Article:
The collective attention span shrinks as fast as the quantity of reading material explodes. Using fewer words to convey more meaning respects the reader’s time. Writers must carefully choose their words.
With that in mind, pay special attention to the second sentence in this sample.
“There’s no such thing as a local story, a trade story, or even purely internal communication anymore. Everything has the ability to circumvent the globe at light speed, and corporate leaders are starting to become aware of this.”
What does “has the ability to” really mean? “Can” would do the same job in less space. Unless discussing features or capabilities, “having an ability” is a cumbersome, inferior expression.
Similarly, “…starting to become aware of this” is less direct than simply stating “…are becoming aware of this”. “Becoming” implies a transition of learning and change. We can shorten this idea further by declaring “…are catching on.” (True, this phrase is informal; context dictates word choice. Formal language may be as inappropriate as slang, depending on the context.)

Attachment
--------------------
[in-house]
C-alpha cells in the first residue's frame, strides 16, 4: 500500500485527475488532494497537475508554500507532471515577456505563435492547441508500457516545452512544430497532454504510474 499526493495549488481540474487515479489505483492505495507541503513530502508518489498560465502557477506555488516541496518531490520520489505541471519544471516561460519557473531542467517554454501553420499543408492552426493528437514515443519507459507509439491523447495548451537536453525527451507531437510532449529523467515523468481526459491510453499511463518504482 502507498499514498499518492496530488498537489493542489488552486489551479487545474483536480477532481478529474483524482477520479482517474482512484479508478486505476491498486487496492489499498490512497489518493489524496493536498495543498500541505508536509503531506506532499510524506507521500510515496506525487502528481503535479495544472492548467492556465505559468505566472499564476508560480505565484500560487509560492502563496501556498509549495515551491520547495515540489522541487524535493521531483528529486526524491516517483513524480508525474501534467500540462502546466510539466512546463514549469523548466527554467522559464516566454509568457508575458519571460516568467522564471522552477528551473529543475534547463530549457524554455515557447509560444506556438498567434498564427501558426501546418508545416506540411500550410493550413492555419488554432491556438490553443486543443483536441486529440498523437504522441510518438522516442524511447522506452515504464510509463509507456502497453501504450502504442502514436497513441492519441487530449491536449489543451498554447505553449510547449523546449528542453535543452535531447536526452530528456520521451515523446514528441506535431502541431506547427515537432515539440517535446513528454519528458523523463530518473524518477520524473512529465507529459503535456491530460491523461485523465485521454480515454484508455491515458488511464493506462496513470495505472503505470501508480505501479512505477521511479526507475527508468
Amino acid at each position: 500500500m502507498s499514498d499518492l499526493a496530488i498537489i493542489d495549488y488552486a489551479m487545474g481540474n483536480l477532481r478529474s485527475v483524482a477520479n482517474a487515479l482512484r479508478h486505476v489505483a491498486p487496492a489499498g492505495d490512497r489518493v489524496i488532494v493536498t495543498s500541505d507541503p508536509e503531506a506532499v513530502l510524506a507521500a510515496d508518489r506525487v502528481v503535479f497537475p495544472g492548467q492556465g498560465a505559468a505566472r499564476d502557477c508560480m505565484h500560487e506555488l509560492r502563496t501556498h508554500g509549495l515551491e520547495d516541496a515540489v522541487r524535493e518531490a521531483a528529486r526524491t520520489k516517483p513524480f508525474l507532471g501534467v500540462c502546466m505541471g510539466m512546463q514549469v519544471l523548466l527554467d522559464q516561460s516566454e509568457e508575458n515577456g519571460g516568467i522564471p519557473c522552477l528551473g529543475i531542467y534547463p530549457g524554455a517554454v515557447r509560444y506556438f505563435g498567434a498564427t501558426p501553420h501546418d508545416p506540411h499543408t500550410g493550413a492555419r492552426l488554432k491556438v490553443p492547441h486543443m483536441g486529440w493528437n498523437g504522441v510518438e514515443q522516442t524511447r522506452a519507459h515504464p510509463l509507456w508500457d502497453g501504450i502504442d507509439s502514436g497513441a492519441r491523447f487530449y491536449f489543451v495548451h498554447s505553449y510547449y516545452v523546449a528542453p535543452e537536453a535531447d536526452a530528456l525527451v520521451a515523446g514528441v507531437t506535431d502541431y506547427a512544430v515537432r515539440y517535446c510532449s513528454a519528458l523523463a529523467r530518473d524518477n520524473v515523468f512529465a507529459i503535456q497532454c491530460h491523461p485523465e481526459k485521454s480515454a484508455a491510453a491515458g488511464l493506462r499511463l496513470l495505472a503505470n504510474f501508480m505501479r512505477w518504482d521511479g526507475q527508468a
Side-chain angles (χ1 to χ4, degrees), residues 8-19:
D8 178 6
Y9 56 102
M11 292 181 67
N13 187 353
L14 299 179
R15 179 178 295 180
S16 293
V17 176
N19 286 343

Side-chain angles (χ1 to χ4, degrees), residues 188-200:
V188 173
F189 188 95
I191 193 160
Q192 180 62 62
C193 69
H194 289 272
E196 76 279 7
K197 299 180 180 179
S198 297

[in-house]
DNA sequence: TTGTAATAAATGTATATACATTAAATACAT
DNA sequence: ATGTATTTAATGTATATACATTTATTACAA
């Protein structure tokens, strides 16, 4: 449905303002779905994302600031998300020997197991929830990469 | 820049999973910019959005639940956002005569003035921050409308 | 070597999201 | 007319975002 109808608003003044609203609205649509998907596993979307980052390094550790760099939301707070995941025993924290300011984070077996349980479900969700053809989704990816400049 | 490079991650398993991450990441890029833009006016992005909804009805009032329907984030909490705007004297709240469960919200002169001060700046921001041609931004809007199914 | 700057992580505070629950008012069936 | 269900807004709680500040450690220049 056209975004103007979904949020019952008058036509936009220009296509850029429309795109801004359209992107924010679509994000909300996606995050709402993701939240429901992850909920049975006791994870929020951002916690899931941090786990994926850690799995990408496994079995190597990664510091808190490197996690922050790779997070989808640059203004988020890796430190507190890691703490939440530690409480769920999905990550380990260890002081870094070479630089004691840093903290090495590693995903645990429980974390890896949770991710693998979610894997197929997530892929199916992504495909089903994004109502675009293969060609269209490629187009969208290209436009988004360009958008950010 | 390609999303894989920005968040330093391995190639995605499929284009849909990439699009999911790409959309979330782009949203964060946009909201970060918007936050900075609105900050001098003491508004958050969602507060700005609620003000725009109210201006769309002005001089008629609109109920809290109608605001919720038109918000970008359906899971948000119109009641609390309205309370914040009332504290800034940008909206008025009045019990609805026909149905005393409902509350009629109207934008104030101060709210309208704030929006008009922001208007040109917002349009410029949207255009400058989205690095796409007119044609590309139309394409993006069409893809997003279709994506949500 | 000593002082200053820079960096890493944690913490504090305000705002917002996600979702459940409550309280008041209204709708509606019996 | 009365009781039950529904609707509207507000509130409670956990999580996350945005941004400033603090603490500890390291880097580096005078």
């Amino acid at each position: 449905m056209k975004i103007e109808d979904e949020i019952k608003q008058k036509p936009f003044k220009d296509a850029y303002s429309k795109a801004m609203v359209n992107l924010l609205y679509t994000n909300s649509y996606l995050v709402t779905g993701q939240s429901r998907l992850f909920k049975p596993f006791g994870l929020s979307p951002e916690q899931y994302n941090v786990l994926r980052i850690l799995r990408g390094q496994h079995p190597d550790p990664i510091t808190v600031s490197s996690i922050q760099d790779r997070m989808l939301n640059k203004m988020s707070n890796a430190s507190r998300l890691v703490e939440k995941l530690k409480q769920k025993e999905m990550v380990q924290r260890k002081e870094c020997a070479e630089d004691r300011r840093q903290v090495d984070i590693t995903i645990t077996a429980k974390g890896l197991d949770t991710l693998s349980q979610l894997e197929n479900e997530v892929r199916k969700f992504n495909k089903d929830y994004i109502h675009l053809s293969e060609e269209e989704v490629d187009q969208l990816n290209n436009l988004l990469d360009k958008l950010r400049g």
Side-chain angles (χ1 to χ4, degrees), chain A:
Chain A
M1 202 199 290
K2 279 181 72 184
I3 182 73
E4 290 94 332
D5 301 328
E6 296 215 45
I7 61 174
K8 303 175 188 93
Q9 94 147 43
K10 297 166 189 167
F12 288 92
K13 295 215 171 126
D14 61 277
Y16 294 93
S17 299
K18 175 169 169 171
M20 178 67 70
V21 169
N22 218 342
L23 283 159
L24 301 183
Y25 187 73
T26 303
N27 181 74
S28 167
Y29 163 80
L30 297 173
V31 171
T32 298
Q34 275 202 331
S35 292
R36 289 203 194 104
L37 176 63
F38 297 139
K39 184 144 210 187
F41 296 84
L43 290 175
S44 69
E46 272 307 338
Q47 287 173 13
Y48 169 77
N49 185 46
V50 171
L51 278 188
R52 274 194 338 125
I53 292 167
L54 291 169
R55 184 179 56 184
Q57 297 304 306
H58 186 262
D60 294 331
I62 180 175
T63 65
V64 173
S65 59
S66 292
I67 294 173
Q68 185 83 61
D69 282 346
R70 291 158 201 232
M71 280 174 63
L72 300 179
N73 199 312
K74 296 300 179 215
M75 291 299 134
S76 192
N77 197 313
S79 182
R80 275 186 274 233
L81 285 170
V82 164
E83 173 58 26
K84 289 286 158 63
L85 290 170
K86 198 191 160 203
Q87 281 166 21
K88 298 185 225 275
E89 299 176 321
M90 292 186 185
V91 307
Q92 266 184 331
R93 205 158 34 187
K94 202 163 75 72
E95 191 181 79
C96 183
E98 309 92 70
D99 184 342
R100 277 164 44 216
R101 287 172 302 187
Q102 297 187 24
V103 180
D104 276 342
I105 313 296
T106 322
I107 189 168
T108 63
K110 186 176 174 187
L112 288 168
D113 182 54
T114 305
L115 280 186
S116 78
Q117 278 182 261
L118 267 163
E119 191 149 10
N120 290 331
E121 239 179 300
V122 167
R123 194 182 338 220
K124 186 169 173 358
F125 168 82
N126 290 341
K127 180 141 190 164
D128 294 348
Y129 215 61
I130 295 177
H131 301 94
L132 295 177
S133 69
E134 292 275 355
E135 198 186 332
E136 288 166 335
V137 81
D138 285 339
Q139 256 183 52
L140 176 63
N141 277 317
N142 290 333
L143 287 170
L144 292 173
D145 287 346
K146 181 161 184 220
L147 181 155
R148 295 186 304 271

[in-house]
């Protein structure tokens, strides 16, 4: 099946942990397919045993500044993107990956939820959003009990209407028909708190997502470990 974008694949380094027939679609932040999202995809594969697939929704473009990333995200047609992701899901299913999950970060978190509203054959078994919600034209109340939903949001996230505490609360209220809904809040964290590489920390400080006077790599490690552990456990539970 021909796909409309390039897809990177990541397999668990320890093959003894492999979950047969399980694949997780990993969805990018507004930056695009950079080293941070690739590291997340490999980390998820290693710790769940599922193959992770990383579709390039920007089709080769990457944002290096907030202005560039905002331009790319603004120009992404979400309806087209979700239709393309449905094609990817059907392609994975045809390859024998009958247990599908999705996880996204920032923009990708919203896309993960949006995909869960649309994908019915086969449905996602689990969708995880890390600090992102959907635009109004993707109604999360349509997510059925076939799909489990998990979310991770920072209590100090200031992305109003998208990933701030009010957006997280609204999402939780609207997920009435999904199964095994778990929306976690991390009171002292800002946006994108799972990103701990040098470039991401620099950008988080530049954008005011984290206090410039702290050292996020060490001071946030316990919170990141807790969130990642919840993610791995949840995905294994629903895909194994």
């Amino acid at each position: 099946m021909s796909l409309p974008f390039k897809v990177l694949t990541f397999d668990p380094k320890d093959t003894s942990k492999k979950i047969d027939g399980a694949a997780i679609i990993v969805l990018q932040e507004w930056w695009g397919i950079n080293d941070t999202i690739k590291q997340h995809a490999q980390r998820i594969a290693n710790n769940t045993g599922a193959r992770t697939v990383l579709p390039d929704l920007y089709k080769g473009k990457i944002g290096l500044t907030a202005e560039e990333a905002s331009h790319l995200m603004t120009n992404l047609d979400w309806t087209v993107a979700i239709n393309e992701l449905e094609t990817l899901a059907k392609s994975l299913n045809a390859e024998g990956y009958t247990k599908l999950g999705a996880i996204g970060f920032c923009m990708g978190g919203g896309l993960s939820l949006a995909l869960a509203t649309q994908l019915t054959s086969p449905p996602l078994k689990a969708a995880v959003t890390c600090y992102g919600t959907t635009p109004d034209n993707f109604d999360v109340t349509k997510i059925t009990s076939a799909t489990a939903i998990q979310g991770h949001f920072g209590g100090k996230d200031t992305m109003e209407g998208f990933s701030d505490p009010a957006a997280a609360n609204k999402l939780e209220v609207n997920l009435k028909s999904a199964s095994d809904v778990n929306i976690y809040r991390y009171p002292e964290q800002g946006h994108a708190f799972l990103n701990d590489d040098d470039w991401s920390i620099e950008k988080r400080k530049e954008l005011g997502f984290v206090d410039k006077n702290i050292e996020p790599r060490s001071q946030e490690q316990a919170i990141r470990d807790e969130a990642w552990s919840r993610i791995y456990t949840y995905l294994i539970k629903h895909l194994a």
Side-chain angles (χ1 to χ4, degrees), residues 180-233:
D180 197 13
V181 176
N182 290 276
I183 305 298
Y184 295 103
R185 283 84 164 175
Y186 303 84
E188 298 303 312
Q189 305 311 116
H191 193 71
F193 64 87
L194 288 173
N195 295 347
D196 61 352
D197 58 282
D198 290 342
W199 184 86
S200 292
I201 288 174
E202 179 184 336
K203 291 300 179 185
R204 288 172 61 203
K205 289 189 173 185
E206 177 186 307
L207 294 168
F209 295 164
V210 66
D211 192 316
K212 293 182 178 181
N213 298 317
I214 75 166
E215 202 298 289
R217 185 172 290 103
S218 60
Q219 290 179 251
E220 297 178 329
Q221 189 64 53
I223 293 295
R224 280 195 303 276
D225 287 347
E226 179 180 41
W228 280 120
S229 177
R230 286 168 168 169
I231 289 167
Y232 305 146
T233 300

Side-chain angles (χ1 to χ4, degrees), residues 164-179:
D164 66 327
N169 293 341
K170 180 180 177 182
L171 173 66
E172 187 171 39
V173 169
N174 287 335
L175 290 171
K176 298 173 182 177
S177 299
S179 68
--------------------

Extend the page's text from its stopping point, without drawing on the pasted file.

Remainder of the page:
Simple and clear: “Everything can circumvent the globe at light speed, and corporate leaders are catching on.” expresses the same idea without distracting phrases or excessive language.